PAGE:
(Friendly warning: this GMAT blog post is mostly useless, and will not actually help you conquer the GMAT or any other standardized test. Sorry.)
If you ask any longtime waiter or bartender, they’ll tell you that they routinely have “restaurant anxiety dreams.” Nearly a decade after my last stint as a bartender, I’m no exception: I routinely have crazyass nightmares in which I’m in an unfamiliar restaurant, working simultaneously as both the waiter and the bartender. My tables are always filled with customers who insist on ordering drinks that don’t actually exist, like Screaming Vikings (with the cucumbers slightly bruised) or Nutless Monkeys (blended, with a banana garnish) or Steel-Belted Radials (easy on the ketchup).
And then I end up literally walking uphill to return to the bar, and uphill again to deliver the drinks back to the table. Restaurants in my dreams are always like M.C. Esher paintings, which makes it really hard to not suck at waiting tables.
In another version, an old high school friend was sitting at one of my tables, and he ordered a pulled pork sandwich on whole wheat bread. (Note for anybody who isn’t from barbecue country: pulled pork on whole wheat is heresy.) When I tried to enter the order into the computer system, the computer exploded, hissing and bubbling and sending sparks flying around the dining room.
Thankfully, I no longer work in restaurants or bars, so these dreams are just plain funny – and I never have anxiety dreams about my life as a GMAT tutor, because my charming GMAT students rarely manage to stress me out. My GMAT students, on the other hand, aren’t always so fortunate.
One of my all-time favorite GMAT students (let’s call her Luke, since she calls me Yoda) also had some of my all-time favorite GMAT nightmares. If the GMAT hadn’t caused some legitimate suffering in her life, the dreams would be freaking hilarious.
In the first version of the dream, Luke was taking the GMAT exam in a dilapidated shack filled with spiders and mice, as she hunched over a dimly lit computer screen. The vermin were everywhere, crawling over the keyboard and monitor as she tried to think clearly about the proper way to conjugate the 13th verb in a 100-word GMAT sentence correction question.
As she became more fed up, Luke begged the GMAT proctor to please do something about the insects and rodents crawling all over her during the test. But instead of responding in a useful way, the proctor – a cranky, creepy old librarian type, peering at her skeptically through his dusty monocle – threatened her instead of offering help: “If you complain one more time about the testing center,” he said in an ominous tone, “I’ll take 40 points off your score.” Then he laughed maniacally, and poor Luke woke up in a cold sweat.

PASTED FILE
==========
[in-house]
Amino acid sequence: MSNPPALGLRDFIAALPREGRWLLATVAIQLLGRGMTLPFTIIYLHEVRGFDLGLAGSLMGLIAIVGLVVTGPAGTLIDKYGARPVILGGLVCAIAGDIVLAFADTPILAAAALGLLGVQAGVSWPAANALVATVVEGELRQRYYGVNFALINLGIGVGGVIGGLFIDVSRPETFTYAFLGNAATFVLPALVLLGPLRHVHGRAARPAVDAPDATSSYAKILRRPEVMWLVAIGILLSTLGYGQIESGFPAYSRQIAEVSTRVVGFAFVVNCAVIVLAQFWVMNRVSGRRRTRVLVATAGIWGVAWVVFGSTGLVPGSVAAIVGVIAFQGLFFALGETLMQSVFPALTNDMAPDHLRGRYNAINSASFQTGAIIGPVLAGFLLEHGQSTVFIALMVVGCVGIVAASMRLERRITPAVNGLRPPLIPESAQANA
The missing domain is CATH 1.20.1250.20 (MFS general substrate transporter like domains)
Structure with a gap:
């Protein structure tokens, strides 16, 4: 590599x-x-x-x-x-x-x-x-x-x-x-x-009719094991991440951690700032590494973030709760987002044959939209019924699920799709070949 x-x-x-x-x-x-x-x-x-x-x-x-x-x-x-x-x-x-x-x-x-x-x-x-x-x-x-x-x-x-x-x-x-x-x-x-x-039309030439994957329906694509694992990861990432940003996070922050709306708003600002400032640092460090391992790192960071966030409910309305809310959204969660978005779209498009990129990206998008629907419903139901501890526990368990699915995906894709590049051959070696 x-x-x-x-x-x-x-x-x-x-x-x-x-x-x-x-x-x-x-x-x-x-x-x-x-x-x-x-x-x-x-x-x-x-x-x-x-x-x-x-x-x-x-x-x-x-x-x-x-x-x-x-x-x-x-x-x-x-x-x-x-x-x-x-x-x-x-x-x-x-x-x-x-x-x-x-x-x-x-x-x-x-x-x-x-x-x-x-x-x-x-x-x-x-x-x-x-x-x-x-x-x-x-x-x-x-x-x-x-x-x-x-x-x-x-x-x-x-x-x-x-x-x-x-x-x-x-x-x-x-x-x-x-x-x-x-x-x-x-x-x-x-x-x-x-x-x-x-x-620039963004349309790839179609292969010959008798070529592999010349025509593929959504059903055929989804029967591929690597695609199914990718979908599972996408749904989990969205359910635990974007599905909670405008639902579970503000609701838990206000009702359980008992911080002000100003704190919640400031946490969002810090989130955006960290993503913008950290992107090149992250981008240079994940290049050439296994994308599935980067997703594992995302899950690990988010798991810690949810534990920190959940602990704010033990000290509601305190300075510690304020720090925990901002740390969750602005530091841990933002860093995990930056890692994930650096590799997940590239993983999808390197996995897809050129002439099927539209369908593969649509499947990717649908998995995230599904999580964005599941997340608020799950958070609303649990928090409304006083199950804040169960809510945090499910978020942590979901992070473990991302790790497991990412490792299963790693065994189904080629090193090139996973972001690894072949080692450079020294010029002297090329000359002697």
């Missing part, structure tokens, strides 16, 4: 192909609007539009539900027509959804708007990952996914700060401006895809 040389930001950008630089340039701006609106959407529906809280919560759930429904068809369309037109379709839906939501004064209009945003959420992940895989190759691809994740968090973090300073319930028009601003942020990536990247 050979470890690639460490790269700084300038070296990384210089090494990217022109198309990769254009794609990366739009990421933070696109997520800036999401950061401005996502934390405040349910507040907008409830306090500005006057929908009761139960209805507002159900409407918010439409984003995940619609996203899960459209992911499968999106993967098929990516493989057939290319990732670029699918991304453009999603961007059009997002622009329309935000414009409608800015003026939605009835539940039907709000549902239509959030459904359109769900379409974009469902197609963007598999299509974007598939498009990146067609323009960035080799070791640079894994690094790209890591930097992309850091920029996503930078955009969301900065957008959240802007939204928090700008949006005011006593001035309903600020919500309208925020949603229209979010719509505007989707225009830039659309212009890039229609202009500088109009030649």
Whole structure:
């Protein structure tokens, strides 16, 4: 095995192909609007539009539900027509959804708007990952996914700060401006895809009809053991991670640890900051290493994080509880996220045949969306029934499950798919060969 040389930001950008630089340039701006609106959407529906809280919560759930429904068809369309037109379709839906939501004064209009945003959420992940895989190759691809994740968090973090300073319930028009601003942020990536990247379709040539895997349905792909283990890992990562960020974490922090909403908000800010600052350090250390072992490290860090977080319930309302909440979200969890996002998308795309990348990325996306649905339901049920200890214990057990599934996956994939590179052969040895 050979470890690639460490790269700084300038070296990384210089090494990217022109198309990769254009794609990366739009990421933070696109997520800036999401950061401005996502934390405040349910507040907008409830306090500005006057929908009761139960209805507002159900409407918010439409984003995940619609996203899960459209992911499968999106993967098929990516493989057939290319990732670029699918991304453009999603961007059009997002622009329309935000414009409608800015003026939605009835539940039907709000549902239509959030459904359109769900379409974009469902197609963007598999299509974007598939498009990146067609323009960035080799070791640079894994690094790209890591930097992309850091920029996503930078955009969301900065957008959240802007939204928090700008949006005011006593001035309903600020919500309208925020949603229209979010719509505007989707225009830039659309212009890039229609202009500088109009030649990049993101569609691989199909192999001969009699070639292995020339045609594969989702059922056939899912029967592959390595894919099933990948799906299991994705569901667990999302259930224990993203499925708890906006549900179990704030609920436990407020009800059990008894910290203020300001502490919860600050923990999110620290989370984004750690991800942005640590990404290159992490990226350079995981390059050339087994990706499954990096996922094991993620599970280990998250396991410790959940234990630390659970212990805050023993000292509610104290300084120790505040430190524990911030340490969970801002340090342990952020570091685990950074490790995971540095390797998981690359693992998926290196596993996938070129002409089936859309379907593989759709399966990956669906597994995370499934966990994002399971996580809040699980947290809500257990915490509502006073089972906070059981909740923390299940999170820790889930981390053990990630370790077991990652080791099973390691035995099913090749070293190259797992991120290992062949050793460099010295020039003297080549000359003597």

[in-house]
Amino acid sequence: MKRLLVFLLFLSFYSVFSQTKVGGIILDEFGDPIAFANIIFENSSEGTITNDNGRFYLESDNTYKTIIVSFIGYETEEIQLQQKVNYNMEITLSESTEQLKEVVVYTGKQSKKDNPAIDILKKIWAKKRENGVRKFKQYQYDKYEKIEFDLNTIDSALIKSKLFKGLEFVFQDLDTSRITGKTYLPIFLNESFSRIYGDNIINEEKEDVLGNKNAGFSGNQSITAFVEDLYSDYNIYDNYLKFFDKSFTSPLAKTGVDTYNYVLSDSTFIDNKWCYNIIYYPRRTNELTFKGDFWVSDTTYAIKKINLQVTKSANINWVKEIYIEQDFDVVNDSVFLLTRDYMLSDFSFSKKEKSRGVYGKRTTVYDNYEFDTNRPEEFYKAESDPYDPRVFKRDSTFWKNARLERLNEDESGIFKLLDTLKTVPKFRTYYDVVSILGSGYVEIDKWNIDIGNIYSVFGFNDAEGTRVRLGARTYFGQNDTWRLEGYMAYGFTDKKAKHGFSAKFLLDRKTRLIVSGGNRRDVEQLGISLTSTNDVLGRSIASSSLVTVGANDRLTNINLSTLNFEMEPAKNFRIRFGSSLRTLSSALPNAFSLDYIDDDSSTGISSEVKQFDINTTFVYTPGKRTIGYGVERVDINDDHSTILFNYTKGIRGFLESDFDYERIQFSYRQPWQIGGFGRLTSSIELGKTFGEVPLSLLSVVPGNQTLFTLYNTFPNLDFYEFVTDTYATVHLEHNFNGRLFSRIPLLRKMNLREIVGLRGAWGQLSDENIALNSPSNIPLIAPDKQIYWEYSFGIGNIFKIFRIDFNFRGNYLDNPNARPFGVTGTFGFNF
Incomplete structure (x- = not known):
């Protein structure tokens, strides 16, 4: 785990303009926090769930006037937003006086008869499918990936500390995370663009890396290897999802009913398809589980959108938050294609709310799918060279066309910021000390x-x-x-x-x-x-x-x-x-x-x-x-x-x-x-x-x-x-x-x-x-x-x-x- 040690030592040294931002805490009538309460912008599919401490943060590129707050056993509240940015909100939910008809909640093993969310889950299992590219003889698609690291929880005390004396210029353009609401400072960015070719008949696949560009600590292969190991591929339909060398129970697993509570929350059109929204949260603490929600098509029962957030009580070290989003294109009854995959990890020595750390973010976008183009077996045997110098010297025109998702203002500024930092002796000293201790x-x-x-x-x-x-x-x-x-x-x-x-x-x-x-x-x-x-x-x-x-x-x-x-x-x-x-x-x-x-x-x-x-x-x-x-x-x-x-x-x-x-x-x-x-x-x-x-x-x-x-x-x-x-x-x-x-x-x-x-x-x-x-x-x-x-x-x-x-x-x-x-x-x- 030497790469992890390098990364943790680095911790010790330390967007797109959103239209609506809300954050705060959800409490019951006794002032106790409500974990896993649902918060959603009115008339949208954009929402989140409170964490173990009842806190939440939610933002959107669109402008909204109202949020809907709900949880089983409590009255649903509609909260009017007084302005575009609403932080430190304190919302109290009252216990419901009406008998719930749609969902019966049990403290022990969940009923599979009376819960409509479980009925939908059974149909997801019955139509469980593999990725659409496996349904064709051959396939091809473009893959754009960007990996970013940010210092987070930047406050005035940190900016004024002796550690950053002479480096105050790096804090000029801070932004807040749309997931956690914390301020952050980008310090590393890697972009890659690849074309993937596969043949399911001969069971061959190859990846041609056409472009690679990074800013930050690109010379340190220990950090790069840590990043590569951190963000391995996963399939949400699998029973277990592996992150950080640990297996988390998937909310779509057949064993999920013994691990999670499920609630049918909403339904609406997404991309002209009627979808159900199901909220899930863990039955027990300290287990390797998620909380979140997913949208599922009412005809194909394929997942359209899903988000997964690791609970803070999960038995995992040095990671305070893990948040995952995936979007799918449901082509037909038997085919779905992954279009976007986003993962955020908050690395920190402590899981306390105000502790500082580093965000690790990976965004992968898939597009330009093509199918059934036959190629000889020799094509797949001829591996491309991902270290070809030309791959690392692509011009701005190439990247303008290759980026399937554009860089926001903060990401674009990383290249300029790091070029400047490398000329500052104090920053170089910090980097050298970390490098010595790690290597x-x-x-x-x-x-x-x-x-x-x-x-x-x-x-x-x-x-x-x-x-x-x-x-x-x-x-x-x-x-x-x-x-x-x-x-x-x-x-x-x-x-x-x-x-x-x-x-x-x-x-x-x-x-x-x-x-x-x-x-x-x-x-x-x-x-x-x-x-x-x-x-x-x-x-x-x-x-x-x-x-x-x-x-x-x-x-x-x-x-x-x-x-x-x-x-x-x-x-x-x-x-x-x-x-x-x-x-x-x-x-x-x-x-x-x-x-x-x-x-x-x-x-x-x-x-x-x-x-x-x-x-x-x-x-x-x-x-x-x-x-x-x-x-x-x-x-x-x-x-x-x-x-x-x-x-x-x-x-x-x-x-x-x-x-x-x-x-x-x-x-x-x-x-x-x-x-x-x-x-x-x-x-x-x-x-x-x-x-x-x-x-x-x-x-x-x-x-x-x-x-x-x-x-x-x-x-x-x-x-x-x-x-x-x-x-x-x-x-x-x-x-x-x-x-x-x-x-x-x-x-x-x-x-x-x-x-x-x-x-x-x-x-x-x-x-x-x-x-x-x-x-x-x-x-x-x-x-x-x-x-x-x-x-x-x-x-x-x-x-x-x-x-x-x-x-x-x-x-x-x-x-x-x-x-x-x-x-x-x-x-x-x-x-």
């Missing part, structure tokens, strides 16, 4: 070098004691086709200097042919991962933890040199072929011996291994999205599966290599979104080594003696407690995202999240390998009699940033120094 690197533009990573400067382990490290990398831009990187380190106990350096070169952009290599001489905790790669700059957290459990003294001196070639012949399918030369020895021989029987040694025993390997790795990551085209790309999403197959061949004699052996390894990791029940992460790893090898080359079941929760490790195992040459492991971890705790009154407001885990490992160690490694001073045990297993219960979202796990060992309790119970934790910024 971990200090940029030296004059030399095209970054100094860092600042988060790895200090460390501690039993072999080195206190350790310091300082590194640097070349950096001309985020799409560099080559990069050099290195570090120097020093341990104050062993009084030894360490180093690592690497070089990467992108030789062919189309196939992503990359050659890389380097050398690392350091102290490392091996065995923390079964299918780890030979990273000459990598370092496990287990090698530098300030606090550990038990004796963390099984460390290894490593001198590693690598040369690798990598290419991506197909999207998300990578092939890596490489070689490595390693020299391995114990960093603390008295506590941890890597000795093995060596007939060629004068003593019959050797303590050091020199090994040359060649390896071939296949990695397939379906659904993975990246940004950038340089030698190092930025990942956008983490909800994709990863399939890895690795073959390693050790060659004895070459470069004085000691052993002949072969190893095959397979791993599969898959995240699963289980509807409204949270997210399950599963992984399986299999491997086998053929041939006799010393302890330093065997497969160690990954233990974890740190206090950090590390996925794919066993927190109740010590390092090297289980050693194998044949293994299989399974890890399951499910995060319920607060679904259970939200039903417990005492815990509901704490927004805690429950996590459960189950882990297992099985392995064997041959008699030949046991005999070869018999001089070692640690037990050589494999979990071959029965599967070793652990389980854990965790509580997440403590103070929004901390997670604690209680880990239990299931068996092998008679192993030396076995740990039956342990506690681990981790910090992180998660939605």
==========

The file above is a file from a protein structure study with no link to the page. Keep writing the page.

(Don’t worry: this can’t actually happen in reality. GMAT proctors don’t really have the power to take 40 points off your score, and rodent infestations are presumably rare in GMAT testing centers.)
Unfortunately, that wasn’t the end of Luke’s GMAT nightmares. The next night, she had another version of the dream. She was back in the same dilapidated shack with spiders and mice. But this time, the shack was haunted. The feeble lights on her computer would flicker on and off, and she could feel ghosts brushing against her neck as she tried to figure out whether answer choice B or C was actually more parallel. Several times, she turned around in a panic – and saw nothing. She was supposedly alone in the GMAT testing center, but she could hear thumping sounds in the attic as she tried to decipher the GMAT’s nastiest, book-length critical reasoning question – which was, of course, written in wingdings.
But poor Luke wasn’t finished with her GMAT night terrors. A few nights later, she was back in that same damned shack, but this time, the GMAT had a brand-new section: Artists from Around the World. When she complained to the proctor, he just said, “Well, miss, remember that there are some monsters lurking in the testing room, and we do expect you to keep yourself safe and focused during the GMAT exam.”
When Luke got back into the testing room, she was completely alone, and could see the shadows of ghosts lurking behind the computer screen. She got a 480 on the GMAT that night, and the proctor was absolutely disgusted with the result. “But there were ghosts in there!” Luke protested, to no avail.
So yeah: if the GMAT is keeping you up at night, I suppose that it would always be worse.